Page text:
Al-Hasan ibn Qahtaba ibn Shabib al-Ta'i (Arabic : الحَسَن بن قَحْطَبَة بن شبيب الطائي) was a senior military leader in the early Abbasid Caliphate.
He was the son of Qahtaba ibn Shabib al-Ta'i, who along with Abu Muslim led the Abbasid Revolution that toppled the Umayyad Caliphate. Along with his brother Humayd, Hasan was active in the Abbasid cause in Khurasan during the years before the Revolution, serving as a deputy naqib .During the Revolution itself, together with his father he was one of the principal commanders in the campaign that brought the Abbasid armies from Khurasan into Iraq; he took part in the pursuit of Nasr ibn Sayyar and the victory at Nihavand, and despite his father's death in battle against the Umayyad governor Yazid ibn Umar al-Fazari, Hasan led the Khurasani army into Kufa.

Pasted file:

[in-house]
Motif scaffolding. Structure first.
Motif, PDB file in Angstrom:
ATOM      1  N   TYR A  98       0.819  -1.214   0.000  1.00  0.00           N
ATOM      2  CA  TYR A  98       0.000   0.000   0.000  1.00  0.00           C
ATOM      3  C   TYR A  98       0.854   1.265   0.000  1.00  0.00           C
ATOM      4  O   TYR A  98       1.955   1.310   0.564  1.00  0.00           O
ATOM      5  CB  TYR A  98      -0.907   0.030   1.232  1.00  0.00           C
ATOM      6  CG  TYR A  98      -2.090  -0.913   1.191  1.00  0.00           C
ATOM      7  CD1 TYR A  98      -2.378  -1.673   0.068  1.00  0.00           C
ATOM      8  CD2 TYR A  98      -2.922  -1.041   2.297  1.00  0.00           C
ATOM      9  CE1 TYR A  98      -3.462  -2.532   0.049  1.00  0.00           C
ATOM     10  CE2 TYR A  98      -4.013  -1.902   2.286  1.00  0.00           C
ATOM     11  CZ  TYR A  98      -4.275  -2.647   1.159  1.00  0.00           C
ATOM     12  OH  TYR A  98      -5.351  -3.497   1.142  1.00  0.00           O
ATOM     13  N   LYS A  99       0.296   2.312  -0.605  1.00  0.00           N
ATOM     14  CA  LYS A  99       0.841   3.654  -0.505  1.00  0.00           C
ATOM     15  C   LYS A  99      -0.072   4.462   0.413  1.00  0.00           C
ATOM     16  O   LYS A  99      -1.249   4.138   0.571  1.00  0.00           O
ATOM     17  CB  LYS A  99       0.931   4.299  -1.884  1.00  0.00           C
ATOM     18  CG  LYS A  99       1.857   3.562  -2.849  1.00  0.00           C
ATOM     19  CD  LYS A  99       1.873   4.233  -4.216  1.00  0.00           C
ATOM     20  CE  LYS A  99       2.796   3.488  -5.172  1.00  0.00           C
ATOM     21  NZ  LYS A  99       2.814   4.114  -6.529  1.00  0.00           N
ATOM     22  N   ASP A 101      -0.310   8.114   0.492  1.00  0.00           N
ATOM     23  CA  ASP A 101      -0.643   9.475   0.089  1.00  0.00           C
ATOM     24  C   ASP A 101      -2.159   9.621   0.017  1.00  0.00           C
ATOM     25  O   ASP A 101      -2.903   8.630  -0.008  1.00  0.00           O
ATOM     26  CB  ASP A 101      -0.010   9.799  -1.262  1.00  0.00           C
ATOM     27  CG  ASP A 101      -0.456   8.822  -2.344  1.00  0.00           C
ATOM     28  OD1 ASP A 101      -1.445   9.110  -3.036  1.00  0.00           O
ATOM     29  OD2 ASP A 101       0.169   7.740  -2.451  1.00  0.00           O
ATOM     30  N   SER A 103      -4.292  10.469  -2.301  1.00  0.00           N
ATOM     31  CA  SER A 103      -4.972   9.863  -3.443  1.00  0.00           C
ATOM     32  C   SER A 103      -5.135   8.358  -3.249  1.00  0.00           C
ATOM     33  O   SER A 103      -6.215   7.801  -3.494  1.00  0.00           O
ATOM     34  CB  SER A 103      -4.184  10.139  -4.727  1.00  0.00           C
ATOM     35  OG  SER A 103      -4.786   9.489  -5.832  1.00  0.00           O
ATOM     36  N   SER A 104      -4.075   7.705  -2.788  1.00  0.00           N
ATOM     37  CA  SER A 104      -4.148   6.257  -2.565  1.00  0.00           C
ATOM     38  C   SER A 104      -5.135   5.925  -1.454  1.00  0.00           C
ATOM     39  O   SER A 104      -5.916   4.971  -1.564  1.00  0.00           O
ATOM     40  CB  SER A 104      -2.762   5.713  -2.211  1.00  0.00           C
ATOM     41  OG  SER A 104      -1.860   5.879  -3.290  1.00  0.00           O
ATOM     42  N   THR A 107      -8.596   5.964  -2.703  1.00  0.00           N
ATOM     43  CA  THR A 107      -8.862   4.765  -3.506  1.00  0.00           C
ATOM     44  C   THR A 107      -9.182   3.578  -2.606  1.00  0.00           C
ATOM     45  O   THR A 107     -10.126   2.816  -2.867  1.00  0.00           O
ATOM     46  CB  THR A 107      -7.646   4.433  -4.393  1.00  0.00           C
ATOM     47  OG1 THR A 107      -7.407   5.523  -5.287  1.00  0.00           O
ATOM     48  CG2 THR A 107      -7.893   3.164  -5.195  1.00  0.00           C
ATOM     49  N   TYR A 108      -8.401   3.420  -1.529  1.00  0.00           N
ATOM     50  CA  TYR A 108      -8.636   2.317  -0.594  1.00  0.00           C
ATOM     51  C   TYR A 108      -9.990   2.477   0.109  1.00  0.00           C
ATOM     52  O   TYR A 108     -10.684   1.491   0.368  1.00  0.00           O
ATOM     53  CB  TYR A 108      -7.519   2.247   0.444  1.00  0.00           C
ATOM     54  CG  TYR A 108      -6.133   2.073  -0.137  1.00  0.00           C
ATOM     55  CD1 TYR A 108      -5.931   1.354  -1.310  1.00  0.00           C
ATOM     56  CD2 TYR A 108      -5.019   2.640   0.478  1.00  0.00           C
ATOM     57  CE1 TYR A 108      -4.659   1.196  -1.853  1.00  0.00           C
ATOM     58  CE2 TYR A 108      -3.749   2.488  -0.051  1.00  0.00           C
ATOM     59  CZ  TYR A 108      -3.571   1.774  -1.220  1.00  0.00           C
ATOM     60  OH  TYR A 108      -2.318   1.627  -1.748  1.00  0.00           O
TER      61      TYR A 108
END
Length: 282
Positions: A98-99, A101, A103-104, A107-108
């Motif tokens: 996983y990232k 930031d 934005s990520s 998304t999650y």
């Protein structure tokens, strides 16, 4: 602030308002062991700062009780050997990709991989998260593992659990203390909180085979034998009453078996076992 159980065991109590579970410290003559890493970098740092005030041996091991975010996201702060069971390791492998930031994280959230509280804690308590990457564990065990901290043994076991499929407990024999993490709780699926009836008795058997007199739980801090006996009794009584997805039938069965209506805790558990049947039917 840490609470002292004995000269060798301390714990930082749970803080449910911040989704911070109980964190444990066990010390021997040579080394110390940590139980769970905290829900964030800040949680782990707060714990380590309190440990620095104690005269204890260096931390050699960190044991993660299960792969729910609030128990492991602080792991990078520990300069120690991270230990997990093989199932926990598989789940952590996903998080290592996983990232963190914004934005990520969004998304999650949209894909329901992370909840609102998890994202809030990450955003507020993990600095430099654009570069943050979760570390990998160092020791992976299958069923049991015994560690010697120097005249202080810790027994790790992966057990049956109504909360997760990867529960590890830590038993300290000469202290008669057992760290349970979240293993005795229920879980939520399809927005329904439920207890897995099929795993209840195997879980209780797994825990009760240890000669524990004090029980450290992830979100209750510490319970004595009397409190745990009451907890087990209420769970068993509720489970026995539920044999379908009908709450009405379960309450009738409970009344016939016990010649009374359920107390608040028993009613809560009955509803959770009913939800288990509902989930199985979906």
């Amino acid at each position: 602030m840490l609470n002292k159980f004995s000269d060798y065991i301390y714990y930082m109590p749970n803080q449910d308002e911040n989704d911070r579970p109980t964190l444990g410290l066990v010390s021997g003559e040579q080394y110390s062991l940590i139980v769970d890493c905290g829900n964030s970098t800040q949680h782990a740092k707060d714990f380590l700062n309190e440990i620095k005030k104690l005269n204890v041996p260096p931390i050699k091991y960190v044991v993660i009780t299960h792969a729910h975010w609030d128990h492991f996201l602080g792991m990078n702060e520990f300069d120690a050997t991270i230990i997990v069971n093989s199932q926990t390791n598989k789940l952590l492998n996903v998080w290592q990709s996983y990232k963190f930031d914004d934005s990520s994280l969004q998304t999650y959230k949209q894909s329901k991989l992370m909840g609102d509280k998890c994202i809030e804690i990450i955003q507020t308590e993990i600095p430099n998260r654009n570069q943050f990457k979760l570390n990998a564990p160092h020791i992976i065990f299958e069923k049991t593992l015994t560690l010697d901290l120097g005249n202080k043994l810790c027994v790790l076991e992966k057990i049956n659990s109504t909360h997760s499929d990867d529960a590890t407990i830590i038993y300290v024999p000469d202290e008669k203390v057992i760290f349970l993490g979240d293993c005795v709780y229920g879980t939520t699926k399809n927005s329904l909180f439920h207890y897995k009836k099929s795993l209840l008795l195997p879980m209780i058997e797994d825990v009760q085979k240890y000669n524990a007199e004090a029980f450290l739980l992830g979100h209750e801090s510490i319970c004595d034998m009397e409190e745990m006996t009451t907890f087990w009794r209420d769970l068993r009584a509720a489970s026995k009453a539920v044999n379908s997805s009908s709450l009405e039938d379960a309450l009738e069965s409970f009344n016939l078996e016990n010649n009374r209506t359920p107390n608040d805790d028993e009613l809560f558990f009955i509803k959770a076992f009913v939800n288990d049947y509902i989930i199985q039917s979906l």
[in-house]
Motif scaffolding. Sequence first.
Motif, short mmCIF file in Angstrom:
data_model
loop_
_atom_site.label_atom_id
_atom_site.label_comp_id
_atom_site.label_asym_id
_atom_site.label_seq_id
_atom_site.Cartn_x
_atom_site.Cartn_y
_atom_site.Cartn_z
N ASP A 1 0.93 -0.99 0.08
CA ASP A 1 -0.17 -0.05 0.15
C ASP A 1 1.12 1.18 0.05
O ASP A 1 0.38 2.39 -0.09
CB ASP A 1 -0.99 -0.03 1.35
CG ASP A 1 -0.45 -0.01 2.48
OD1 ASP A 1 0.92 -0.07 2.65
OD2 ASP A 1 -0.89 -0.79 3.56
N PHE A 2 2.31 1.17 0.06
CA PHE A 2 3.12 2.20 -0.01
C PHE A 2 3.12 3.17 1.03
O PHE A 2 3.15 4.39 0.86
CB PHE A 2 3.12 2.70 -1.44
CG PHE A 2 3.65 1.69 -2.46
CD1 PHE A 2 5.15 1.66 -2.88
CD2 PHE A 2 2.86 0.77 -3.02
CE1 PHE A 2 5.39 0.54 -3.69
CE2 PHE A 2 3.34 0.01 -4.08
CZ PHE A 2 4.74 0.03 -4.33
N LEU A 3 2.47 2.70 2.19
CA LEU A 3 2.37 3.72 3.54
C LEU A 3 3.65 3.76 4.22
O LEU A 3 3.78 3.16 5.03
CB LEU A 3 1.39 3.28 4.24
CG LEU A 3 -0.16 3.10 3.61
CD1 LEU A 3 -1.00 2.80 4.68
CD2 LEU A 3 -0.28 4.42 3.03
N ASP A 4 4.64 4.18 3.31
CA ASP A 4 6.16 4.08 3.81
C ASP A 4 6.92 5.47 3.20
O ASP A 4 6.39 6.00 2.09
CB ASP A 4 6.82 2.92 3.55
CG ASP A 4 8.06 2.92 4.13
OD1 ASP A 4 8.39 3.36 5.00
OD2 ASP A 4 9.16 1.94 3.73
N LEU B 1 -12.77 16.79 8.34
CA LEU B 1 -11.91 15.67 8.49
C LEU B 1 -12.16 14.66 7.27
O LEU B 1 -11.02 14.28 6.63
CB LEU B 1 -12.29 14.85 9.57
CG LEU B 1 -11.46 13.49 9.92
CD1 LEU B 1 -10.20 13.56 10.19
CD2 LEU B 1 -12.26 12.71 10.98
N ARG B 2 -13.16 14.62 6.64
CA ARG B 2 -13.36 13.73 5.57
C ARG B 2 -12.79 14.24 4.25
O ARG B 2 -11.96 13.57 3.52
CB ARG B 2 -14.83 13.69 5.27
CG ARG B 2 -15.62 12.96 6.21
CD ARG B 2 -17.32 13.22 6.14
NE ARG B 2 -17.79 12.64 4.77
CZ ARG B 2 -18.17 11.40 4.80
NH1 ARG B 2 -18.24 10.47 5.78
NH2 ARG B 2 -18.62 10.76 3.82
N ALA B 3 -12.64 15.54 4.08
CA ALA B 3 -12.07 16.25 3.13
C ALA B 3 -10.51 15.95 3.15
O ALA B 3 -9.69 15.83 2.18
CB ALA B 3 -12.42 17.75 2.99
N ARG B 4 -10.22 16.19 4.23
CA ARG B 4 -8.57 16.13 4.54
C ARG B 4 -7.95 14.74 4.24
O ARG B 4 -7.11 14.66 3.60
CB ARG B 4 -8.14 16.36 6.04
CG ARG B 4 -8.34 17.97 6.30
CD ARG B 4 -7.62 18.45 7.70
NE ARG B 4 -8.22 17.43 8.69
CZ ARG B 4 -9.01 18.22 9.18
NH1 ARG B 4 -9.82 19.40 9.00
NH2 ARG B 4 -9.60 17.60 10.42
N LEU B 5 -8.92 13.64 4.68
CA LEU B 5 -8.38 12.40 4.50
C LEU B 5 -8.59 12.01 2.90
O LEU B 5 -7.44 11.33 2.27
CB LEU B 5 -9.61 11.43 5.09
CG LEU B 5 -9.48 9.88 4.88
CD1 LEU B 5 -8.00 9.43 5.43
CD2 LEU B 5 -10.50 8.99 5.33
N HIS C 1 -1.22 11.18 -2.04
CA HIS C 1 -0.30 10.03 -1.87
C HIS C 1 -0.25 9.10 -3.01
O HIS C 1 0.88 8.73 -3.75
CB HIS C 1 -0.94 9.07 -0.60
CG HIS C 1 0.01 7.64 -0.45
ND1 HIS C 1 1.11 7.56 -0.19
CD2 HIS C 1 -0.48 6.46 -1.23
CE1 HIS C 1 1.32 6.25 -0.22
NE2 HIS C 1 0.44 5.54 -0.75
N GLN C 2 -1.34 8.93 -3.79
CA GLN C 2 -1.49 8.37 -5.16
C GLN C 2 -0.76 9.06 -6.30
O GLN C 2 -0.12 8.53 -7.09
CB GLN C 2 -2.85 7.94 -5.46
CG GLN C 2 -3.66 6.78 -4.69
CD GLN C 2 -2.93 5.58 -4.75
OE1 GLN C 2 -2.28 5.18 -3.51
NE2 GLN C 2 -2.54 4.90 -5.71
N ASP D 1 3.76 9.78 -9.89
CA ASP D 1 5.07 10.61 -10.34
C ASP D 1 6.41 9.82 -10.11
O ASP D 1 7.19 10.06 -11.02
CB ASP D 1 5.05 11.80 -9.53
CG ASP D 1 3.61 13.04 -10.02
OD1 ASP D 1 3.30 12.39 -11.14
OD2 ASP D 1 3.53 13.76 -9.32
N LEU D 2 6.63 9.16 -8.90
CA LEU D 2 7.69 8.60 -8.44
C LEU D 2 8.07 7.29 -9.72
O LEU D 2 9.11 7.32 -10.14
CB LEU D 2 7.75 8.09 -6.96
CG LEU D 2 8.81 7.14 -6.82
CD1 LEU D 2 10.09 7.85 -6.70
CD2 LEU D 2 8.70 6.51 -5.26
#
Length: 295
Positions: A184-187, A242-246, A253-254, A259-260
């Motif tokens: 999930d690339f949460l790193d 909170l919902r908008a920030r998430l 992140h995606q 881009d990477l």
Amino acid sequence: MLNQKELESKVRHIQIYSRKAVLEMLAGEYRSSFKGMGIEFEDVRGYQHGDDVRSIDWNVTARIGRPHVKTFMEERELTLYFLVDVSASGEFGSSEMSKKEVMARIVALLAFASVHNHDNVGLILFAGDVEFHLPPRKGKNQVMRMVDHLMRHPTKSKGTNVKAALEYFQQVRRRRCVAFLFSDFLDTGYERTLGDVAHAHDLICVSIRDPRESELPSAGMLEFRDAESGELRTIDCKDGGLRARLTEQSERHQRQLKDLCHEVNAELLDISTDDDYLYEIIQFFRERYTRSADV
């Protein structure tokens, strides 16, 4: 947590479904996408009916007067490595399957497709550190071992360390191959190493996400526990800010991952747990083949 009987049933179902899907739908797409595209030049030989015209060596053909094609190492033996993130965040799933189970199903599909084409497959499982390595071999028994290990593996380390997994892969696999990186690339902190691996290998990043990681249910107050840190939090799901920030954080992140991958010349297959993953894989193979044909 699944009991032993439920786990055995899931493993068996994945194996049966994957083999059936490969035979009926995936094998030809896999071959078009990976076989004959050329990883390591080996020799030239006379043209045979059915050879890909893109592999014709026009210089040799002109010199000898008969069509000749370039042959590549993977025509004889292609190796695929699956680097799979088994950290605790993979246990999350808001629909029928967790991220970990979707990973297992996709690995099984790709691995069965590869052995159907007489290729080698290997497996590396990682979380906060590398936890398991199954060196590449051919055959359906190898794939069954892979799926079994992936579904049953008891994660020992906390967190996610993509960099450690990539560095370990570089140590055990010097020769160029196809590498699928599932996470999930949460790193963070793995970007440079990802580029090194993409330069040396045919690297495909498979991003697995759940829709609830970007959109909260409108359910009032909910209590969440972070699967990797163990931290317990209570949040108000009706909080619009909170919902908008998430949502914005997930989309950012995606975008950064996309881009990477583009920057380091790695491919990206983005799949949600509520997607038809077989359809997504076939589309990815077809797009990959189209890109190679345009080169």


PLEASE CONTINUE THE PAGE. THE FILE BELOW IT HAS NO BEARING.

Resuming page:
After the Revolution, Hasan served the future Caliph al-Mansur (r. 754–775) as deputy governor in Armenia, which he helped pacify, and sided with Mansur against the rebellion of Abdallah ibn Ali in Syria in 754.After this, he was occasionally appointed to the frontier with the Byzantine Empire, where he led the summer raids into Asia Minor in 766, 779 and 780. He is probably also to be identified as the Mouchesias (Μουχεσίας) of Byzantine sources, which indicate that on the orders of Caliph al-Mahdi (r. 775–785) he was engaged in persecutions and forced conversions of Christians in Syria.
Although distinguished as a member of the abna al-dawla , the Abbasid regime's Khurasani elite,and very wealthy—like most Abbasid commanders, he received portions of the newly built capital, Baghdad, as a grant—Hasan played scarcely any political role at court. He died in 797 at the age of 84.